I think at two ends of the Baha’i story there are important questions — was Bahaullah constantly in touch with the Godhead? Was he damn near God? (as Bahaullah implied and many Bahia’s believe – or even more extreme — many believe he was God). Did a God who knew exactly what she was doing put him here on earth or was he the outgrowth of a natural process? And at the other more worldly end of the spectrum is the Baha’i way of elections the best way and is the supreme governing body of the Baha’is — the Universal House of Justice — infallible here on earth?
If the answer to either or both of these questions is no then we humans are better off taking from Baha’i writings the nuggets that are helpful and leaving the rest behind. That’s my path; what about you, Alex?
I have often come across references to Immanuel Kant’s most famous work — “The Critique of Pure Reason.” So I finally decided to read it. One of the causes of this impulse is that I have a Kindle reader now and I felt that it might help me with this formidable task. So far I’ve read 10% of the book (according to my Kindle) and it turns out that the Kindle is an enormous aid to reading difficult material.
First of all when using a Kindle a reader has immediate access to a dictionary. Place the cursor next to a word and — bingo — there is the definition. And — as you read you will come across passages that have been highlighted by others. Pay attention to these — sometimes the highlighted passages are keys to understanding. And of course the reader can easily highlight passages for herself and read them later in summary together or singly.
What I’ve found really helpful is to be able to reference other texts along the way. I came across a book by Bertrand Russell entitled “The Problems of Philosophy.” This is a much lighter, shorter book that has a chapter called — “How A Priori Knowledge is Possible.” This book and especially the chapter on a priori knowledge, is very helpful in decoding what Kant was writing about and the points he was making. Russell disagrees with Kant’s conclusions but it is useful to note that Russell writes that there are many differing views among philosophers regarding what Kant’s point actually are. So Russell could be disagreeing with something that Kant did not mean to be saying!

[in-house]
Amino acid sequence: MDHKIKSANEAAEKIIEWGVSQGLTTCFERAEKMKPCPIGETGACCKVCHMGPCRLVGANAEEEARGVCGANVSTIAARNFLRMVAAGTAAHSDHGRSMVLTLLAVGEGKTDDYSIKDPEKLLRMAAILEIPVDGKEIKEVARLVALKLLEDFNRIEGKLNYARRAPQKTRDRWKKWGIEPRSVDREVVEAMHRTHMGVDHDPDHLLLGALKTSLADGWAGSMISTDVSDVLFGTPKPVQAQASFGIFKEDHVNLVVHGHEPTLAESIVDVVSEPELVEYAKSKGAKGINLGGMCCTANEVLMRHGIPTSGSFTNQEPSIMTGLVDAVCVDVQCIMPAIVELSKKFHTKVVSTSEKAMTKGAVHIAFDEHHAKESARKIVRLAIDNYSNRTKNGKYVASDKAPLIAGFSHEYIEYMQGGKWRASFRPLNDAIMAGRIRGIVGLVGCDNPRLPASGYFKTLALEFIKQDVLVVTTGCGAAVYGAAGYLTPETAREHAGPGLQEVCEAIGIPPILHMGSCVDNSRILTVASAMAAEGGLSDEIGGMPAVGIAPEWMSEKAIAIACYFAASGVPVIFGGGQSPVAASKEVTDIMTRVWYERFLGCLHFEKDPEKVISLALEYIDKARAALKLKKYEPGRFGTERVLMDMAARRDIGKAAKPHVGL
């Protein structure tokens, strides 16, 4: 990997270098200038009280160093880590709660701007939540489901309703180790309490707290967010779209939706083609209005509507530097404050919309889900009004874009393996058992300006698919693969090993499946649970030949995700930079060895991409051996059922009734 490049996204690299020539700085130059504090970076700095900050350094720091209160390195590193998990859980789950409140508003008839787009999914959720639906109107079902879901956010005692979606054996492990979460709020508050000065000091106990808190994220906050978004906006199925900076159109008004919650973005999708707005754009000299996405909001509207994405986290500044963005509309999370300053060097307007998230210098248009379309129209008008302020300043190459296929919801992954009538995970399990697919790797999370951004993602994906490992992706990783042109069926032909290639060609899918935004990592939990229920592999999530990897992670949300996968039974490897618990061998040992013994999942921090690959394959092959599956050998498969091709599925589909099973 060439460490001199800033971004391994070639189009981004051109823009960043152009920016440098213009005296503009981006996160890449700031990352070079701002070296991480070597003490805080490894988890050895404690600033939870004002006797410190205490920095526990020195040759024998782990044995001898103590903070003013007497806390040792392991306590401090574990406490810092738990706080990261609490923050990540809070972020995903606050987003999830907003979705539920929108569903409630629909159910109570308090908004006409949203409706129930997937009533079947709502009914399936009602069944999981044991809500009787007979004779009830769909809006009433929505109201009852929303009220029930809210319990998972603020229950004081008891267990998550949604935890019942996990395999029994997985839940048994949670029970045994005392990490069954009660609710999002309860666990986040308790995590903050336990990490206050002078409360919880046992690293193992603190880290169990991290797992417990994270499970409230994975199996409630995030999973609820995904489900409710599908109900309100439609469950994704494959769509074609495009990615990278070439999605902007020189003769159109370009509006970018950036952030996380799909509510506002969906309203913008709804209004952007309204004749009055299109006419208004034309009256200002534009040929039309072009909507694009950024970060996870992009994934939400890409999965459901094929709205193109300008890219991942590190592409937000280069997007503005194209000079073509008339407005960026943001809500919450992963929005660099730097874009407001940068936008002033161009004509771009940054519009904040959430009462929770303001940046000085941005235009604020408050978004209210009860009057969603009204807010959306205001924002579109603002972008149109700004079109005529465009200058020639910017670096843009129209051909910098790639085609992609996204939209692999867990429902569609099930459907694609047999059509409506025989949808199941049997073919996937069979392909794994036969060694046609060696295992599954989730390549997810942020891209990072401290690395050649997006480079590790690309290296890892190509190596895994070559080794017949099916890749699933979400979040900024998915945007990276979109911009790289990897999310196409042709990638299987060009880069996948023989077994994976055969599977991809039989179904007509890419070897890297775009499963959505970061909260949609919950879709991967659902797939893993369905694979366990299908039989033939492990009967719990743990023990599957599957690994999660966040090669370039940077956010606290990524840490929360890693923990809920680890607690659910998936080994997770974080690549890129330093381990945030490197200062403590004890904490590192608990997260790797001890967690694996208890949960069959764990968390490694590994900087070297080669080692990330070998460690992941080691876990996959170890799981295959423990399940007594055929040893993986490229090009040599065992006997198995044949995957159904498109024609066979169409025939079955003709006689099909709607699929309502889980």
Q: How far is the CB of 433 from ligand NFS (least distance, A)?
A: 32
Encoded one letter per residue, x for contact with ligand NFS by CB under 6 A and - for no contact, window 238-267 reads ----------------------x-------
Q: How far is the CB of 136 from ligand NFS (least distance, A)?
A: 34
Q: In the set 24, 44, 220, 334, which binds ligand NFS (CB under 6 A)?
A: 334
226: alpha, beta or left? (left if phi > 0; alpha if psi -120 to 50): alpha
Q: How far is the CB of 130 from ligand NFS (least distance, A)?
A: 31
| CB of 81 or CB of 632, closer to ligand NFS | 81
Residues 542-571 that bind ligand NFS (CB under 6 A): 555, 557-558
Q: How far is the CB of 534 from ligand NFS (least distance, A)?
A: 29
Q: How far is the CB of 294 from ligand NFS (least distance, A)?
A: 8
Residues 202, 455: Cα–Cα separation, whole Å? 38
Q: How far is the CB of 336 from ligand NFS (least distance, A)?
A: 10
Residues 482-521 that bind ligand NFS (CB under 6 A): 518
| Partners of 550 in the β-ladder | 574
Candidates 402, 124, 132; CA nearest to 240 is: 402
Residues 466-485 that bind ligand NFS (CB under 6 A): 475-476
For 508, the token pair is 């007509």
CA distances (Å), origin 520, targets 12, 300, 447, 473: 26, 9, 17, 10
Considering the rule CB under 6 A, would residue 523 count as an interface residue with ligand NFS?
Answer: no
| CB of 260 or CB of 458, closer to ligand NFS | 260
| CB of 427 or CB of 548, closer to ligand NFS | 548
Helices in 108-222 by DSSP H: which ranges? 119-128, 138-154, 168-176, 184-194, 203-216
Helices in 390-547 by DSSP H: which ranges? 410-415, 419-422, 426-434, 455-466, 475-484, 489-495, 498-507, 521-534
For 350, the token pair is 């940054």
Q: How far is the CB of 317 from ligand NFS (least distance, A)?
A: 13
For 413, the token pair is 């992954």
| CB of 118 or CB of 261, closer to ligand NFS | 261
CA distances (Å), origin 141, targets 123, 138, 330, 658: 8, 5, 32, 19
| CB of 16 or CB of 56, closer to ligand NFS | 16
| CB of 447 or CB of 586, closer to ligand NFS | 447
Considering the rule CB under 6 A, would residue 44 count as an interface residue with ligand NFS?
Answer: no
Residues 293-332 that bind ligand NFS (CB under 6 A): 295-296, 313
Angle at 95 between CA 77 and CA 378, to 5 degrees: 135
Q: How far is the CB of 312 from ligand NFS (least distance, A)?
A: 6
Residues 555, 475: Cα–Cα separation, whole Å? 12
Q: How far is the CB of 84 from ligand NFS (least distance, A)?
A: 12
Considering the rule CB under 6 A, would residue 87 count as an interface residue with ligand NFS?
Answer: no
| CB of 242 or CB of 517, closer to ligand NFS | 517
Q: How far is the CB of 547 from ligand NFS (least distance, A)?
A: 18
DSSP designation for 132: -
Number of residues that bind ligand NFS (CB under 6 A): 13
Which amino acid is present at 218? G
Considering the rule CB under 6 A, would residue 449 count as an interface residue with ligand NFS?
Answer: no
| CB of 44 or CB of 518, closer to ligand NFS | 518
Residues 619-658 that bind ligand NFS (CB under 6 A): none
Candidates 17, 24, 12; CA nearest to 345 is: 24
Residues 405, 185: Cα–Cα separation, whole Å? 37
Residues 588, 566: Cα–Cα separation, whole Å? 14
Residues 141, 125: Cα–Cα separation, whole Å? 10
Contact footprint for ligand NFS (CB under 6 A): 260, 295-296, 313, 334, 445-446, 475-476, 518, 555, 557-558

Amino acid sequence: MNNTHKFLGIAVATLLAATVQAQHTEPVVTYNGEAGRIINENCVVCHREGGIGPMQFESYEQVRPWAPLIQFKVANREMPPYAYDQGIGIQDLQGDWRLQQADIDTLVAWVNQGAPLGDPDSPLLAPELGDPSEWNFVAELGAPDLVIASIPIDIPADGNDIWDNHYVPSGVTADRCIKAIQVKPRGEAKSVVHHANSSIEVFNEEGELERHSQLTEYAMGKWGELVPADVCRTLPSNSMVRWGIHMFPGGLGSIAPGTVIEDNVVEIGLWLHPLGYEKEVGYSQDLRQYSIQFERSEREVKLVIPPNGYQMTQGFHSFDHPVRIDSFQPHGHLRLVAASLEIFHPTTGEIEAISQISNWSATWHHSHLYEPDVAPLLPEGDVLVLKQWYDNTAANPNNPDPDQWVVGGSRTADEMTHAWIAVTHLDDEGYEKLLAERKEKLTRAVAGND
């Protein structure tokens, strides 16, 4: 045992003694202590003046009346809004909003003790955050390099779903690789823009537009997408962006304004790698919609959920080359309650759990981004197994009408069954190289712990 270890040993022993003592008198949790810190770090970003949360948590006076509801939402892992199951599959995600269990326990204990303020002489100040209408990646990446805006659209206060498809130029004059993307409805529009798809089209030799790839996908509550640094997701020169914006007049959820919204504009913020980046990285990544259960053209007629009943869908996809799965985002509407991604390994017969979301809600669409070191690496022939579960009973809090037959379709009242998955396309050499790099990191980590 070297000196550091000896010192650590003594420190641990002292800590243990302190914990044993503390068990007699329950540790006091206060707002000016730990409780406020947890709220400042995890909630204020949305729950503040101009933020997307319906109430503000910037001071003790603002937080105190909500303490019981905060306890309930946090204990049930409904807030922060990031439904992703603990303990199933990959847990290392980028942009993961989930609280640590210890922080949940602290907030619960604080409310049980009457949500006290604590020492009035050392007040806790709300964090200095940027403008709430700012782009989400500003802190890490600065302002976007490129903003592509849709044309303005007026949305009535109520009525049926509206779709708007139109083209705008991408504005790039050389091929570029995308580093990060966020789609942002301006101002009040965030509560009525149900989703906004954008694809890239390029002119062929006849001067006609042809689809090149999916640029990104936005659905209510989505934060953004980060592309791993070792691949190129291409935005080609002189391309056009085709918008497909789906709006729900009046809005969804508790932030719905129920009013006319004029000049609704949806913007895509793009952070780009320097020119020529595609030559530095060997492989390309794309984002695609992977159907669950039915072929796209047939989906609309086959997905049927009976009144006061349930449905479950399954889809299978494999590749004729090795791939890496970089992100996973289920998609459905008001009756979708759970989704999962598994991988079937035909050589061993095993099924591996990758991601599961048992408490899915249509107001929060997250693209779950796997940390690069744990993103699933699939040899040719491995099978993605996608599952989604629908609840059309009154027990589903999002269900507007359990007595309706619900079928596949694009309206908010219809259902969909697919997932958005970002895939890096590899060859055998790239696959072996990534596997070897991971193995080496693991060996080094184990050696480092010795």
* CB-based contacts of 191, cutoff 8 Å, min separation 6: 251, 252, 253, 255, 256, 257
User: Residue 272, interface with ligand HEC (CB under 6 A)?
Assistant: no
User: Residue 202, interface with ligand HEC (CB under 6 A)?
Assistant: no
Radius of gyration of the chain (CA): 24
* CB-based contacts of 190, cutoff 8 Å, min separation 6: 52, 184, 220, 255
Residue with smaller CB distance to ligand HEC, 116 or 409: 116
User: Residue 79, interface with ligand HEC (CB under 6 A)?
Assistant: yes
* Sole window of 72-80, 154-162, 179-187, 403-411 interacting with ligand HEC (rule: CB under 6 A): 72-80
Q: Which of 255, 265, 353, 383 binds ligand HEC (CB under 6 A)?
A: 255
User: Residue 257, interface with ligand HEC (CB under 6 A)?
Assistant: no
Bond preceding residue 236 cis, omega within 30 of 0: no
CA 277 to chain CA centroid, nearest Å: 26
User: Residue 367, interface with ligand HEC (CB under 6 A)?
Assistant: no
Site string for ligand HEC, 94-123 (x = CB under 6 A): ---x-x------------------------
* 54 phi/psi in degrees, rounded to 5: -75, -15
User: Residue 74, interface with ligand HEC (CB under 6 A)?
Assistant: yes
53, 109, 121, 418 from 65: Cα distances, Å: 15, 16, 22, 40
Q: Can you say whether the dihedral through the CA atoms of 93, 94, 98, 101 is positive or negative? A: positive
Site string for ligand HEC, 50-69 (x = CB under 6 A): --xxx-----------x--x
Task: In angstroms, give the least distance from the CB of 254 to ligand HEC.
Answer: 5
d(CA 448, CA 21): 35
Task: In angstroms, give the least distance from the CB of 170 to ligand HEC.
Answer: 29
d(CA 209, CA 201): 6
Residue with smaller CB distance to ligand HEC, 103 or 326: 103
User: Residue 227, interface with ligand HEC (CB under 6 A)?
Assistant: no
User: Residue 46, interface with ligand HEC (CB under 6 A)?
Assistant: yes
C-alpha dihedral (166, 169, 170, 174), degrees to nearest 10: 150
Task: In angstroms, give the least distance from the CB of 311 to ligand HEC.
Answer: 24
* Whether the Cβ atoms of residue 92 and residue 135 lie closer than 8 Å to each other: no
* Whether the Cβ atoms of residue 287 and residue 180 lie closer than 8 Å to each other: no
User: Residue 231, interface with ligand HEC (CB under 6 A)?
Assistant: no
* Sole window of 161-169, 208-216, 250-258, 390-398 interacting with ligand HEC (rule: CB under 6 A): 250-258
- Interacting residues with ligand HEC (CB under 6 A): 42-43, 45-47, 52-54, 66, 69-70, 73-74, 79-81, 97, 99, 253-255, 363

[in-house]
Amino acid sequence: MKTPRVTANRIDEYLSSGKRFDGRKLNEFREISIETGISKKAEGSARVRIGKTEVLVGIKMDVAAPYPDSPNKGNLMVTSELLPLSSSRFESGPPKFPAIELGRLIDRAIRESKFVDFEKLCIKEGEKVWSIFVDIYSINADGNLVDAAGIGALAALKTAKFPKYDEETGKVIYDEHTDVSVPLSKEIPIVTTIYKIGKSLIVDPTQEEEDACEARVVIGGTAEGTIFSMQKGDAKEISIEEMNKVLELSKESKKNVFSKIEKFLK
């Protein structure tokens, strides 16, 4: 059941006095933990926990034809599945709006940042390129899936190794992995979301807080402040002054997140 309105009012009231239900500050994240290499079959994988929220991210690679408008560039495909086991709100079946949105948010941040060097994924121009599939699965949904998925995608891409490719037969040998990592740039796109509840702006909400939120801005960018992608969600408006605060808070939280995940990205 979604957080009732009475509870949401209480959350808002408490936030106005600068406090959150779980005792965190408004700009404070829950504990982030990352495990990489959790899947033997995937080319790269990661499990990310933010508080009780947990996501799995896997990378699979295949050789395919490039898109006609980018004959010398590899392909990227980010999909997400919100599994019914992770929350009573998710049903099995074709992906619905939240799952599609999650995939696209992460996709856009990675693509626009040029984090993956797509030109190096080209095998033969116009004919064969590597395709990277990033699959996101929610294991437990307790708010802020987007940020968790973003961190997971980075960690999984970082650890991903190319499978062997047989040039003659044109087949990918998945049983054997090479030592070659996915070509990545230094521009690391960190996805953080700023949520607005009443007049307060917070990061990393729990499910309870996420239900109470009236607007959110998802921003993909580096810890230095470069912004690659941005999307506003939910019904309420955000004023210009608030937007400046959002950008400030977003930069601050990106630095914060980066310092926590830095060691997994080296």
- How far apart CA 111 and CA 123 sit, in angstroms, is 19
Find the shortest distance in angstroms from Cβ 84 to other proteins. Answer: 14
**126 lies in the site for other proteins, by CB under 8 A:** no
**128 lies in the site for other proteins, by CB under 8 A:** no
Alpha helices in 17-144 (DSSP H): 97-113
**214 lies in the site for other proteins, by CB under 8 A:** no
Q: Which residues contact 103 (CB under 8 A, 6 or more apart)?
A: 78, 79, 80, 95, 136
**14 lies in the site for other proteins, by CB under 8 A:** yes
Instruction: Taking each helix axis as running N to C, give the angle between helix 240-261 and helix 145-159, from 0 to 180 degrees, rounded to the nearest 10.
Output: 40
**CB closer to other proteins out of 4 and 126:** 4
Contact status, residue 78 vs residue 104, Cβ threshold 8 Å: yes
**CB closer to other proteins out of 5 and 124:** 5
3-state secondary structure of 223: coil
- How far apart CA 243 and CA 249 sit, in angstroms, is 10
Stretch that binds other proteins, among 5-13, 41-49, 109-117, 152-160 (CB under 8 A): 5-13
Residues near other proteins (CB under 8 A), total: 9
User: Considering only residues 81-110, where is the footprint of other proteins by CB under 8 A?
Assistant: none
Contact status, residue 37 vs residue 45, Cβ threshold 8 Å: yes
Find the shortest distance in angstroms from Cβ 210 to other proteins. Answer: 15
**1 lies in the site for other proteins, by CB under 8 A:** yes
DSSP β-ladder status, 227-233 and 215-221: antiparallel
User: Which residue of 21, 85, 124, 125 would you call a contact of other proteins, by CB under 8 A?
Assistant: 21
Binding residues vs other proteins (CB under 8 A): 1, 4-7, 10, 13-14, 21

So far I understand the purpose of “The Critique of Pure Reason” to be at least two fold: firstly to “… Make the experiment whether we may not be more successful in metaphysics, if we assume that the objects must conform to our cognition.” Kant writes that there is no good science of metaphysics. He wants to see if it is possible to change that. He wants to address the “… unavoidable problems of mere pure reason … God, freedom (of will), and immortality.” He writes that metaphysics has made miserable progress such that it does not exist as a science.
Secondly, knowledge of God and related concepts can’t be determined empirically, hence this knowledge might be determined via “synthetic a priori knowledge” — intuition, so to speak. But how does this work and can there be a science of it? In Kant’s attempt to define a science of intuition he writes “Time is the formal condition a priori of all phenomena whatsoever. Space, as the pure form of external intuition, is limited as a condition a priori to external phenomena along.”
BTW — a priori simply means preceding — a priori knowledge is that which is obtained prior to any experience in the world of evidence of that knowledge. Or so I understand thus far.
I was able to reference the Russell work and my notes on the Kant text via my Kindle — with great ease. Its simply an excellent aid to reading difficult material.
More to come in my blog about Kant, Russell and the Kindle.